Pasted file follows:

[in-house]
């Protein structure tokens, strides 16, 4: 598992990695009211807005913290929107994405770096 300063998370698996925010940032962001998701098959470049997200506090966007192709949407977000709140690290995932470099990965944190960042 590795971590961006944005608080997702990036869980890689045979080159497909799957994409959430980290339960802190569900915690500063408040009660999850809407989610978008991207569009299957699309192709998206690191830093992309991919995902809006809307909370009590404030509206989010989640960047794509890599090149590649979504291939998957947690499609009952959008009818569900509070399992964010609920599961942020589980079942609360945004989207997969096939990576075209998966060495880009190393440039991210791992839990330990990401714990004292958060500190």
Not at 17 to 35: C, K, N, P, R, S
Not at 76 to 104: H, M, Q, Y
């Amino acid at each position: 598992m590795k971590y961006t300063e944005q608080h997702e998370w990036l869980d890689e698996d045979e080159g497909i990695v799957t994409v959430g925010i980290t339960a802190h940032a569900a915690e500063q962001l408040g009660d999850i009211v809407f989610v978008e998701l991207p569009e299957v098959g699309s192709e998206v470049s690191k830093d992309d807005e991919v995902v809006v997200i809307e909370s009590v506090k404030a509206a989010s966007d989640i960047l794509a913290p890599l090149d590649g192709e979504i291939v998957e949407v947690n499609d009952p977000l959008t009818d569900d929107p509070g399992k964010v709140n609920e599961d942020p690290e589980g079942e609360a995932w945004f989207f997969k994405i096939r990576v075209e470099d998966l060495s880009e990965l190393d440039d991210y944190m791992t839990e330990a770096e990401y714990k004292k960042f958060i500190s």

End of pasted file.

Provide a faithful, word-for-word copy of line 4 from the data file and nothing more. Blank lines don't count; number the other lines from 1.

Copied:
Not at 76 to 104: H, M, Q, Y